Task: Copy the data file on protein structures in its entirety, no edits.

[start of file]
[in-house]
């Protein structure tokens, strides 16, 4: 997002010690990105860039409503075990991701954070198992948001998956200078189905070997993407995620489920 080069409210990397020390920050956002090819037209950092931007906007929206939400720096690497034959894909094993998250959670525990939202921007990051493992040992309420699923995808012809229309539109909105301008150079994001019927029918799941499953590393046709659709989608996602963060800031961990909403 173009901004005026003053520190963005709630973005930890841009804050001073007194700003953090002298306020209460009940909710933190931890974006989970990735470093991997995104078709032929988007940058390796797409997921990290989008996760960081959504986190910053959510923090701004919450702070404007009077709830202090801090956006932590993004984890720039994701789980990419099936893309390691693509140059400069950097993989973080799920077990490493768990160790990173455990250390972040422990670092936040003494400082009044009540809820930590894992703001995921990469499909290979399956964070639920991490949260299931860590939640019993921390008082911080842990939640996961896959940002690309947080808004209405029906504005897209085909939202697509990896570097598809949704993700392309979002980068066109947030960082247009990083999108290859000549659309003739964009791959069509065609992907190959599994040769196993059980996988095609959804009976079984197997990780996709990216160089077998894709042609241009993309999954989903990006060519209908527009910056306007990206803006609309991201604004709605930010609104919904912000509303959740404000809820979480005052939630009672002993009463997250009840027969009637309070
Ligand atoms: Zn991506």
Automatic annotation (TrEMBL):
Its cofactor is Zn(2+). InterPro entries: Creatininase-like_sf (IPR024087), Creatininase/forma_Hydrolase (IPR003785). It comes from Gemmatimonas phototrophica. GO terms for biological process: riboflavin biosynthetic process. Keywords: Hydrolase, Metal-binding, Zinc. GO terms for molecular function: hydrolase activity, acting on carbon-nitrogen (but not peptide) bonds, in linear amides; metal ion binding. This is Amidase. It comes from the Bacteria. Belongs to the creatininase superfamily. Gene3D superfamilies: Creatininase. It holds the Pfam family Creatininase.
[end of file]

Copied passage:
[in-house]
């Protein structure tokens, strides 16, 4: 997002010690990105860039409503075990991701954070198992948001998956200078189905070997993407995620489920 080069409210990397020390920050956002090819037209950092931007906007929206939400720096690497034959894909094993998250959670525990939202921007990051493992040992309420699923995808012809229309539109909105301008150079994001019927029918799941499953590393046709659709989608996602963060800031961990909403 173009901004005026003053520190963005709630973005930890841009804050001073007194700003953090002298306020209460009940909710933190931890974006989970990735470093991997995104078709032929988007940058390796797409997921990290989008996760960081959504986190910053959510923090701004919450702070404007009077709830202090801090956006932590993004984890720039994701789980990419099936893309390691693509140059400069950097993989973080799920077990490493768990160790990173455990250390972040422990670092936040003494400082009044009540809820930590894992703001995921990469499909290979399956964070639920991490949260299931860590939640019993921390008082911080842990939640996961896959940002690309947080808004209405029906504005897209085909939202697509990896570097598809949704993700392309979002980068066109947030960082247009990083999108290859000549659309003739964009791959069509065609992907190959599994040769196993059980996988095609959804009976079984197997990780996709990216160089077998894709042609241009993309999954989903990006060519209908527009910056306007990206803006609309991201604004709605930010609104919904912000509303959740404000809820979480005052939630009672002993009463997250009840027969009637309070
Ligand atoms: Zn991506």
Automatic annotation (TrEMBL):
Its cofactor is Zn(2+). InterPro entries: Creatininase-like_sf (IPR024087), Creatininase/forma_Hydrolase (IPR003785). It comes from Gemmatimonas phototrophica. GO terms for biological process: riboflavin biosynthetic process. Keywords: Hydrolase, Metal-binding, Zinc. GO terms for molecular function: hydrolase activity, acting on carbon-nitrogen (but not peptide) bonds, in linear amides; metal ion binding. This is Amidase. It comes from the Bacteria. Belongs to the creatininase superfamily. Gene3D superfamilies: Creatininase. It holds the Pfam family Creatininase.